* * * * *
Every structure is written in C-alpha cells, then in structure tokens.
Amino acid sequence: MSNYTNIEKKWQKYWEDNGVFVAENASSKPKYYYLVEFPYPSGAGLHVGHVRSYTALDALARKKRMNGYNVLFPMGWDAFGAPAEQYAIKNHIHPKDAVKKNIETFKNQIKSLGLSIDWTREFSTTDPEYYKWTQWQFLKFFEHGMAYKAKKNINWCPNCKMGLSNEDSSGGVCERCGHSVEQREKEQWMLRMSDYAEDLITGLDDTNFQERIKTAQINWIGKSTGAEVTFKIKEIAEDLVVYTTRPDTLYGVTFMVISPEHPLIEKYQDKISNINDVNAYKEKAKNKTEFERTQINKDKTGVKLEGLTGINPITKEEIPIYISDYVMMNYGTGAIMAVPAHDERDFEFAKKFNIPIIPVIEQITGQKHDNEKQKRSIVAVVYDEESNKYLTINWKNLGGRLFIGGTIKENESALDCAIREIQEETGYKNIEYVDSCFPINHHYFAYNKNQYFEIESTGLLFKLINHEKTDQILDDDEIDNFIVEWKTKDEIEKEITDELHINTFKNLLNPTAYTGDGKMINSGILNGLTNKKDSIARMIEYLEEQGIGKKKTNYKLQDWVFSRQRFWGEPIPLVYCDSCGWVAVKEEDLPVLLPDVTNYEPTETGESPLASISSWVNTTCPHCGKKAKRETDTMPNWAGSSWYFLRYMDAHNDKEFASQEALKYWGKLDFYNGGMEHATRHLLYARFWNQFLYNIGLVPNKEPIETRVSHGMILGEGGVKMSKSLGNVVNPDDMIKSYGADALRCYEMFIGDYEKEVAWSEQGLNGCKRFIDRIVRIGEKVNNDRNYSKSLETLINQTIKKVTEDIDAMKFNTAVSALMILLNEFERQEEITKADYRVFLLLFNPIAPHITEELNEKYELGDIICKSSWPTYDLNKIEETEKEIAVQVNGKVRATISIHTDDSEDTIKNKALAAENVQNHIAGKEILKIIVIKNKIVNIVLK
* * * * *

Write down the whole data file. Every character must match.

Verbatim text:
Every structure is written in C-alpha cells, then in structure tokens.
Amino acid sequence: MSNYTNIEKKWQKYWEDNGVFVAENASSKPKYYYLVEFPYPSGAGLHVGHVRSYTALDALARKKRMNGYNVLFPMGWDAFGAPAEQYAIKNHIHPKDAVKKNIETFKNQIKSLGLSIDWTREFSTTDPEYYKWTQWQFLKFFEHGMAYKAKKNINWCPNCKMGLSNEDSSGGVCERCGHSVEQREKEQWMLRMSDYAEDLITGLDDTNFQERIKTAQINWIGKSTGAEVTFKIKEIAEDLVVYTTRPDTLYGVTFMVISPEHPLIEKYQDKISNINDVNAYKEKAKNKTEFERTQINKDKTGVKLEGLTGINPITKEEIPIYISDYVMMNYGTGAIMAVPAHDERDFEFAKKFNIPIIPVIEQITGQKHDNEKQKRSIVAVVYDEESNKYLTINWKNLGGRLFIGGTIKENESALDCAIREIQEETGYKNIEYVDSCFPINHHYFAYNKNQYFEIESTGLLFKLINHEKTDQILDDDEIDNFIVEWKTKDEIEKEITDELHINTFKNLLNPTAYTGDGKMINSGILNGLTNKKDSIARMIEYLEEQGIGKKKTNYKLQDWVFSRQRFWGEPIPLVYCDSCGWVAVKEEDLPVLLPDVTNYEPTETGESPLASISSWVNTTCPHCGKKAKRETDTMPNWAGSSWYFLRYMDAHNDKEFASQEALKYWGKLDFYNGGMEHATRHLLYARFWNQFLYNIGLVPNKEPIETRVSHGMILGEGGVKMSKSLGNVVNPDDMIKSYGADALRCYEMFIGDYEKEVAWSEQGLNGCKRFIDRIVRIGEKVNNDRNYSKSLETLINQTIKKVTEDIDAMKFNTAVSALMILLNEFERQEEITKADYRVFLLLFNPIAPHITEELNEKYELGDIICKSSWPTYDLNKIEETEKEIAVQVNGKVRATISIHTDDSEDTIKNKALAAENVQNHIAGKEILKIIVIKNKIVNIVLK